BakerCorp Completes Innovative Water Treatment Project at Superfund Site

BakerCorp’s electrocoagulation technology played a key role in the successful treatment of an EPA Superfund Site in Seattle.

BakerCorp, a leader in water treatment technologies, recently completed its largest project to date at an EPA Superfund site on the Duwamish River in Seattle. The project included a large-scale, non-chemical treatment solution for over 63 million gallons of water.

After 100 years of industrial and urban use, the targeted section of the Superfund site (pictured) experienced nearly a dozen incidents involving sewer or storm water overflows, and it required an adaptable solution specific to the site. Acting as the project’s onsite single-source vendor, BakerCorp developed, engineered and managed a complete solution, utilizing BakerCorp treatment solutions, filtration systems, tanks, pumps and all necessary interconnects.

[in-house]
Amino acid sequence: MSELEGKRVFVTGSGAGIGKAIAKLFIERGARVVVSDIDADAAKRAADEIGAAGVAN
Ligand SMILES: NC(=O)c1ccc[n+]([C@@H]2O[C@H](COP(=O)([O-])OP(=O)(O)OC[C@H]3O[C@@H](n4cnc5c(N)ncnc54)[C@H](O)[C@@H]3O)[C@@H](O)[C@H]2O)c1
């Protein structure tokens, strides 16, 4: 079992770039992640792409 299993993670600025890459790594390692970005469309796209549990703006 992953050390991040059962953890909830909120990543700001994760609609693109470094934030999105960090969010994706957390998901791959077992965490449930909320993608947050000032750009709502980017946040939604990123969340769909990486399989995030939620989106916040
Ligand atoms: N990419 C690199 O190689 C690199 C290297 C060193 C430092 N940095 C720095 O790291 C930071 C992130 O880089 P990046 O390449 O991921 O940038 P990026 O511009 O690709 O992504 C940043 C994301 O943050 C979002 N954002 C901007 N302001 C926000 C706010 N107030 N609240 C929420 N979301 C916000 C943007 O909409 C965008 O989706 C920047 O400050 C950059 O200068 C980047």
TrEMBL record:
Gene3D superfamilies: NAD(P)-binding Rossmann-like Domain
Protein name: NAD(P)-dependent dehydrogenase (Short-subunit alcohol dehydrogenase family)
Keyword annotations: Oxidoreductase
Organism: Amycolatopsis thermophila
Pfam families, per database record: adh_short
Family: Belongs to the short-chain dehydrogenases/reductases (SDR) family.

“We are excited to be part of the clean-up solution for the Duwamish River,” said Mehrzad Emanuel, vice president of filtration at BakerCorp. “We created an adaptable and mobile onsite solution that effectively removed contaminants from a complex water source that will result in a safe and usable river.”

Working in conjunction with the City of Seattle, Port of Seattle, King County, and a large aerospace manufacturer in the Northwest, the project was overseen by the Washington State Department of Ecology and the U.S. Environmental Protection Agency. Strict limitations on returning treated water to the river forbade the use of any chemical solutions.

“By using our EC-250 mobile electrocoagulation process, we were able to offer a treatment method that allowed for clean, clear water to be discharged back into the river without the use of any chemicals,” added Emanuel.

Despite several previous unsuccessful water treatment attempts by others, BakerCorp designed a process that could adapt to changing water conditions. Carried by an active water source, the Duwamish River contaminants and their volume varied during the project, and the team of onsite personnel adjusted the process according to the circumstances, while maintaining a steady pace for processing the water. Under such conditions, the system maintained a continuous treatment process with a flow rate up to 900 gallons…

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